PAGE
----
3D Scaffold Hopping. Guaranteed.
In my opinion, software of this sort belongs on the desktop of any chemist designing bioactive molecules.
ReCore works well! It has a user-friendly interface, and the constraints are easy to set up.
The diversity of solutions from ReCore is much better than similar types of software.
ReCore proposed an elegant ring closure in a linear scaffold, not only retaining key pharmacophore features, but activity as well.
Maass, P.; Schulz-Gasch, T.; Stahl, M.; Rarey, M; ReCore: A Fast and Versatile Method for Scaffold Hopping Based on Small Molecule Crystal Structure Conformations. J. Chem. Inf. Model. 2007
"Sounds great, however, does it work?" – Works a treat, see for yourself, here are some examples:
|Here is CSD MSC194 with the two green bonds defining the query "exit vectors":|
|Here are results (yellow), overlaid with the query:|
|Here are closely related inhibitors (in orange) superimposed with the ReCore solutions:|
|Note:||amide flip suggestion||meta substituted aromatics||a close match to a Trovirdine derivative|
|A typical ReCore query was taken from a TRH CSD crystal (TRHTRT) and torsionally modified to satisfy Olson's  idea (cp. below). To obtain more rigid results, a "pharmacophore" priority was introduced: A ring atom has to lie within the sphere depicted in red.|
|Based on the query (please note the green arrows), ReCore generates several interesting and nicely aligning cyclic structures; here are the ReCore results (colored) with the query in grey:|
|Note:||saturated ring||aromatic ring||rings are good||a tri-subst'd 6-ring|
|And, actually, the tri-substituted 6-ring was the basis for a TRH peptide mimetic by Olson  (in orange):|
|||Olson et al., . J. Med. Chem. 1995, 38, 2866-2879.|
In the original paper , the authors state:
Simple linking would not have worked in this case, as the individually bound fragments (68 and 69) cause conformational changes in the protein upon binding that would have hindered a simple linking approach. Reengineering the original fragments preserved their binding contacts responsible for potency and produced vectors for merging.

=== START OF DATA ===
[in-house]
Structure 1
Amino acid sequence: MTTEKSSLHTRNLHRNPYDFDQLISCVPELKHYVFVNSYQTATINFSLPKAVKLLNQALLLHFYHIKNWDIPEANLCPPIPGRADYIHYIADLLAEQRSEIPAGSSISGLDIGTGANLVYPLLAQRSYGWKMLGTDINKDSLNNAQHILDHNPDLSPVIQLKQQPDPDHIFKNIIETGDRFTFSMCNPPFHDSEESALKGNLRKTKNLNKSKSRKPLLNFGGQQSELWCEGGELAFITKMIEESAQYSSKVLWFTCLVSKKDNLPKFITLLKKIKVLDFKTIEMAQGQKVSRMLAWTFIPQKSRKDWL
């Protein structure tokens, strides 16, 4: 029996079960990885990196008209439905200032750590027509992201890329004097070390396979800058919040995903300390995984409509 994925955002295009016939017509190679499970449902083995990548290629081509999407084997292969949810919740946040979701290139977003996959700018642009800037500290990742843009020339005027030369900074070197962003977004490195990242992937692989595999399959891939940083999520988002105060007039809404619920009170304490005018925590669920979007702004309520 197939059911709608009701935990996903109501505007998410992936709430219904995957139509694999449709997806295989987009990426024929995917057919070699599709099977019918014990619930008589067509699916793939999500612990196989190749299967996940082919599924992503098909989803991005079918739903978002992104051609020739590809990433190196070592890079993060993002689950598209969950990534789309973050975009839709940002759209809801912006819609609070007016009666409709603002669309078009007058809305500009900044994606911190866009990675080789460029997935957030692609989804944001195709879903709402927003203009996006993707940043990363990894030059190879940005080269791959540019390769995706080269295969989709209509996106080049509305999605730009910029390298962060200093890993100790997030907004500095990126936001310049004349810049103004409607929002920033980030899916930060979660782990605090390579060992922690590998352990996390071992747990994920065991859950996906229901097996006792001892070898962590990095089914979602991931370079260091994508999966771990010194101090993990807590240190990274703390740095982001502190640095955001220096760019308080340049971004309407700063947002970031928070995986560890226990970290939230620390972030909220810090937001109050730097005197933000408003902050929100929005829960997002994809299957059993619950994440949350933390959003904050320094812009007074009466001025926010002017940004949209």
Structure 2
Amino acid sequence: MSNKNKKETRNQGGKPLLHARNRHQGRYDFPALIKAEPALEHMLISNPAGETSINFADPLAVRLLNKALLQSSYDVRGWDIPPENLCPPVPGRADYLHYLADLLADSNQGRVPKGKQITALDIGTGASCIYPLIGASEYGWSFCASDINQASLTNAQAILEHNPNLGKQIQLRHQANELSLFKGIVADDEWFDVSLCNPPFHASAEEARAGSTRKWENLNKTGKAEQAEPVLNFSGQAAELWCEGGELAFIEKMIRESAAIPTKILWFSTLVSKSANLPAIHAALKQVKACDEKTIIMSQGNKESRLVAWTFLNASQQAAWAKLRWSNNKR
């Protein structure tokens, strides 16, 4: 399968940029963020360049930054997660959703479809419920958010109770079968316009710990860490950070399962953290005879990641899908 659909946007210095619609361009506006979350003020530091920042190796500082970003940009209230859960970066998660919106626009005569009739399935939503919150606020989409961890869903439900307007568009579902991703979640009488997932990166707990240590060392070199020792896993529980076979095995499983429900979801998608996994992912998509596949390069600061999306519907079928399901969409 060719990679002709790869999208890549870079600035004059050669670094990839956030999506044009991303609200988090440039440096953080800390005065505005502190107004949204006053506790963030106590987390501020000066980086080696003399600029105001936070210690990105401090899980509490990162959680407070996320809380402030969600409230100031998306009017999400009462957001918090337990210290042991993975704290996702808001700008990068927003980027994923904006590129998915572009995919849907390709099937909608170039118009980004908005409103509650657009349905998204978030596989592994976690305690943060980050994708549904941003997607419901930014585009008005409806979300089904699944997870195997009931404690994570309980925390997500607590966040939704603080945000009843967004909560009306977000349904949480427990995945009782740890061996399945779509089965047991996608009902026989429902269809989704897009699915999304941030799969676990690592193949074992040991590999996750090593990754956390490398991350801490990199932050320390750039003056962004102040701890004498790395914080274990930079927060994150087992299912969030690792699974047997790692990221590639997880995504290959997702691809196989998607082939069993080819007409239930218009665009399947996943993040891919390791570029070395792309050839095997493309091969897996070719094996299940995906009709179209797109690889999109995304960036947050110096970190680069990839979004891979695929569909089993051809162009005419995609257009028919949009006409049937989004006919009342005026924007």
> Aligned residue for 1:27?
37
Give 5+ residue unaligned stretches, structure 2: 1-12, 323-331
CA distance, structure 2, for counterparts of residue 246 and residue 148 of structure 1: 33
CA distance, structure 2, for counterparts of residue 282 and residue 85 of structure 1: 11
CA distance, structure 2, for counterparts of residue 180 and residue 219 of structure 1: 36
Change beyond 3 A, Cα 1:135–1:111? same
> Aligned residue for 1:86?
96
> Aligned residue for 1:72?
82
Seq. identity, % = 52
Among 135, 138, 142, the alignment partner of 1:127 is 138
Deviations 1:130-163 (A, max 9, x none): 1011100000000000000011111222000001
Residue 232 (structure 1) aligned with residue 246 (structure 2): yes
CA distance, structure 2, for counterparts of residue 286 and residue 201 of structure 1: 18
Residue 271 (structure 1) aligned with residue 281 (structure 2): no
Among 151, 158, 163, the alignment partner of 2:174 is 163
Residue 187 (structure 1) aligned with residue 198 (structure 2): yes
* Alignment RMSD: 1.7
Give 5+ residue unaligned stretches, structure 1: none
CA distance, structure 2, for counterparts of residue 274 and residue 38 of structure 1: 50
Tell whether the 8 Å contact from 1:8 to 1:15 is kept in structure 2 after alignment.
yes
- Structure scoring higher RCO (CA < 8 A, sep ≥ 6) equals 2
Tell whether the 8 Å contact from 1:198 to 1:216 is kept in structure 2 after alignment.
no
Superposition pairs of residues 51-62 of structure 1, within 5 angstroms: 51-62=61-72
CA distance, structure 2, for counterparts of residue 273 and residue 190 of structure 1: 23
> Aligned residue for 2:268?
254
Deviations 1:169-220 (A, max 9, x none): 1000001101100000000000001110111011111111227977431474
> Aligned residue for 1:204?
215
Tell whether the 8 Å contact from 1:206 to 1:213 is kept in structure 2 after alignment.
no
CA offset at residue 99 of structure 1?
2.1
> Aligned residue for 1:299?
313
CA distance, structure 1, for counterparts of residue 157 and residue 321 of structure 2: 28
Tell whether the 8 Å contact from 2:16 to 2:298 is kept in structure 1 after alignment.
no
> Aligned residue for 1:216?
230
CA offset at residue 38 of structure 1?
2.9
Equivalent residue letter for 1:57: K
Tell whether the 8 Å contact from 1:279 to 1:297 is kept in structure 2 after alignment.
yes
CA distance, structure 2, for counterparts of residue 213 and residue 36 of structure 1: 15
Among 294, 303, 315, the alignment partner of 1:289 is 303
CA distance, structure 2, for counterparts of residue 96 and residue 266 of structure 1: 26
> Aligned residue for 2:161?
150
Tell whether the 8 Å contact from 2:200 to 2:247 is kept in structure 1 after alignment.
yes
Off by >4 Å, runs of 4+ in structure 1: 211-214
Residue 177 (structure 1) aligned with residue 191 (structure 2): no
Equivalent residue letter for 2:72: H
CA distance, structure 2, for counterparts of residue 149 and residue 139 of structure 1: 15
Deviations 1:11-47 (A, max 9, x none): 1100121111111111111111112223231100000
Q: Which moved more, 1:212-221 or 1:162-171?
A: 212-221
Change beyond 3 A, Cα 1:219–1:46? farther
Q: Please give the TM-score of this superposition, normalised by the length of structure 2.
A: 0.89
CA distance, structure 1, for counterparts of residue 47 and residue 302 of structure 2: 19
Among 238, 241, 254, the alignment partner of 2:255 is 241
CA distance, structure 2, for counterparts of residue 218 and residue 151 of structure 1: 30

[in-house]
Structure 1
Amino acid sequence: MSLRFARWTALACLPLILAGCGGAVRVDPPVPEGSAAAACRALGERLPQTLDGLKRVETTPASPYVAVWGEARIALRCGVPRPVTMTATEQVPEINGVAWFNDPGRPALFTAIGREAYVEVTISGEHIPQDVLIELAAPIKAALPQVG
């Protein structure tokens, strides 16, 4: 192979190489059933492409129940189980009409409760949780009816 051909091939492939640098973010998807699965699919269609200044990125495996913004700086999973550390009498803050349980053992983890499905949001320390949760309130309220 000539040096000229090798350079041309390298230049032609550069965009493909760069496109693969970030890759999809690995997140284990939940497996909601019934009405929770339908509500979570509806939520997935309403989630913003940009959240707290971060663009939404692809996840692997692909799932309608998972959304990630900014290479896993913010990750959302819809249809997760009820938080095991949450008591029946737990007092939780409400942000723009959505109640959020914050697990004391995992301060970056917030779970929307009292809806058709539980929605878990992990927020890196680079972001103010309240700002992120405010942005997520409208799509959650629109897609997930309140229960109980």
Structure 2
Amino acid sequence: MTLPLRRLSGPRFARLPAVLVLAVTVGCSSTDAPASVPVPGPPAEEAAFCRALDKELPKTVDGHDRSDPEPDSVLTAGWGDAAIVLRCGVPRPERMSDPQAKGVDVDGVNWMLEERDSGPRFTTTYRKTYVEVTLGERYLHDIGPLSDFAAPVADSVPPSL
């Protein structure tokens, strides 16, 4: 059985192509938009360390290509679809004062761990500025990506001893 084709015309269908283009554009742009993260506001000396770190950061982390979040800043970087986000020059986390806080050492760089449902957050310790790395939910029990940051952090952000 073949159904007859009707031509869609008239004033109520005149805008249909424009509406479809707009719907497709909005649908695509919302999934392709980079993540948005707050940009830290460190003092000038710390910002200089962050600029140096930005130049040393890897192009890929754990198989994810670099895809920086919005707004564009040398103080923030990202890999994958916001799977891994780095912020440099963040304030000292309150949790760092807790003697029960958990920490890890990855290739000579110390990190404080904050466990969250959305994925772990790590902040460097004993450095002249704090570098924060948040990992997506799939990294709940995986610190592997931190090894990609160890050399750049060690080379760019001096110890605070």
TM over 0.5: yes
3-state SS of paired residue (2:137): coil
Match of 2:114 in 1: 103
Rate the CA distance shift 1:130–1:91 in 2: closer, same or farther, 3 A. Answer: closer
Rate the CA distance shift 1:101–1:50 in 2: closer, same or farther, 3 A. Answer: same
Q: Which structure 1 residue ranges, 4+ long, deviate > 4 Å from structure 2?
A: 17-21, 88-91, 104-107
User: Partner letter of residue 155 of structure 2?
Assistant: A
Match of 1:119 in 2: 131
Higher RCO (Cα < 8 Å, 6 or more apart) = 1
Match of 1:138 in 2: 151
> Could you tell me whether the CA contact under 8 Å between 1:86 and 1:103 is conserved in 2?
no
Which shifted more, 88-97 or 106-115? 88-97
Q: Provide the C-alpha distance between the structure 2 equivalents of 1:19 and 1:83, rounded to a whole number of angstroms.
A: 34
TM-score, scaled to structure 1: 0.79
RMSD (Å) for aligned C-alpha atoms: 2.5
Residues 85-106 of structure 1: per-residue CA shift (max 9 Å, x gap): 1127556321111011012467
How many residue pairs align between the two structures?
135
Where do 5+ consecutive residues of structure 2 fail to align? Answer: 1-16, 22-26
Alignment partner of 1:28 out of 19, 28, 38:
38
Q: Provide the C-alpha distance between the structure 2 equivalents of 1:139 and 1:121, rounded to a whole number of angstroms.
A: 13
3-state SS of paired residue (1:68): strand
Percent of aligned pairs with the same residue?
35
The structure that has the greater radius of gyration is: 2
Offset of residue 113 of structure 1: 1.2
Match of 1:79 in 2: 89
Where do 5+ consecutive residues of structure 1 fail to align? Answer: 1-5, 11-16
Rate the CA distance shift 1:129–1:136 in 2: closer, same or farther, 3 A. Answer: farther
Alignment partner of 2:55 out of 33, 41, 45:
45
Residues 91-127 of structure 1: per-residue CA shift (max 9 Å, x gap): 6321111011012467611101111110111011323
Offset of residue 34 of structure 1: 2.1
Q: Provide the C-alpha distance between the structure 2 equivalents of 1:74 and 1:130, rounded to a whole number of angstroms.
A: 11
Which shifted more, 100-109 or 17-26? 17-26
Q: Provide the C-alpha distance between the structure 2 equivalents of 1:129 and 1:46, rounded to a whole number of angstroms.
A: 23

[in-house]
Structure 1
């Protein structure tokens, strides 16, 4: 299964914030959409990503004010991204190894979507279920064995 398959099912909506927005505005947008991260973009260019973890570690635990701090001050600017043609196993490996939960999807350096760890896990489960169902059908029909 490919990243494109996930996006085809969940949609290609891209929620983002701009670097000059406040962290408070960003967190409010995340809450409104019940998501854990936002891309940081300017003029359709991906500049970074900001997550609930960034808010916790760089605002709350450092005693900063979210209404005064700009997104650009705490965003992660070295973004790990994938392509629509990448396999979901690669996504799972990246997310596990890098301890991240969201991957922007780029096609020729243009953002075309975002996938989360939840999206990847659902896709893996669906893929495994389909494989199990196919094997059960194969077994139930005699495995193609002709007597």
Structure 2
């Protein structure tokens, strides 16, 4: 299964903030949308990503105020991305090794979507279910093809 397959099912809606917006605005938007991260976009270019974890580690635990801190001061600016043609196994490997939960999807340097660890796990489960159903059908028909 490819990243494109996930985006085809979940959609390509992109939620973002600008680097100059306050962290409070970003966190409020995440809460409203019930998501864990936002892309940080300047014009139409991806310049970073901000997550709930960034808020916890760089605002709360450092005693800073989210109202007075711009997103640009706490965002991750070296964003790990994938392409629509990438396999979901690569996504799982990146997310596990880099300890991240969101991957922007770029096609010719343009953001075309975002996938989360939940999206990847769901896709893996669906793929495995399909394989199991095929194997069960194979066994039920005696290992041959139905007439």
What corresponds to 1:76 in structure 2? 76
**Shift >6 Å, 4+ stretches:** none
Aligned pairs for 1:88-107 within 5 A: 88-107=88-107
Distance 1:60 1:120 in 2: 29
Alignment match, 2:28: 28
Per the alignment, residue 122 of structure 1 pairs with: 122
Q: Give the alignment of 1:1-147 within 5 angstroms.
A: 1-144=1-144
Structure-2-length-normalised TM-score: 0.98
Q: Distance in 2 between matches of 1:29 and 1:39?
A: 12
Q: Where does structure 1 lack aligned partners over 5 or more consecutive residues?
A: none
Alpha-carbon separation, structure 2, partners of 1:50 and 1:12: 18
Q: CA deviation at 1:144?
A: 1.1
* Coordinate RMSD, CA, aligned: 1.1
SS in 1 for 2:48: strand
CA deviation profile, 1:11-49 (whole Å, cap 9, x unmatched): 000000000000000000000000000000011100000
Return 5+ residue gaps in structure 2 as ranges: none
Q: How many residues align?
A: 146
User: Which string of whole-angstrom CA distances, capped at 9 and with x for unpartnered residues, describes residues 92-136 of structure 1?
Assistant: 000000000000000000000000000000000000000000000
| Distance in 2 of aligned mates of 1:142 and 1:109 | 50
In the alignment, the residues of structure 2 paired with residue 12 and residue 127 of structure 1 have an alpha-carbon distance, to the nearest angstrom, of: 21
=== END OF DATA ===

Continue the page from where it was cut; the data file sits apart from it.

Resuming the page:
ReCore yields almost the same scaffold of the merged molecule as in the original publication. The compound resulted in a dramatically improved potency.
Using your corporate compounds as a starting point for a fragment library, your possibility of replacements would grow dramatically.
|The cutting points are defined by the exit vectors shown in green.|
|Here are the results:|
|||Erlanson, D.A. et al., . J. Med. Chem. 2004, 47, 3463 ff.|
We have seen similar results for other targets! For more application examples please see the original publication.
ReCore has been developed by Patrick Maass in Matthias Rarey's group at the ZBH, University of Hamburg, in collaboration with F. Hoffmann-La Roche AG (Basel, Switzerland).
The graphics were made available by courtesy of Martin Stahl and Tanja Schulz-Gasch at F. Hoffmann-La Roche.
ReCore requires a 3D fragment library to search in. Depending on the tool you want to use, please proceed with:
|||All ReCore spaces need to be de-compressed in two steps. Please unzip the download, and check instructions in the readme.|
|||The CSD ReCore index requires a license from CCDC.|
|||The GDB17-based index was created with help and friendly permission from Prof. Jean-Louis Reymond. Note that any publication about it must refer to the original authors (cp. Readme in the package). Further note that this index contains virtual molecules made to provide food for thought. They are laden with fluorine atoms which you may want to eliminate in a post-processing!|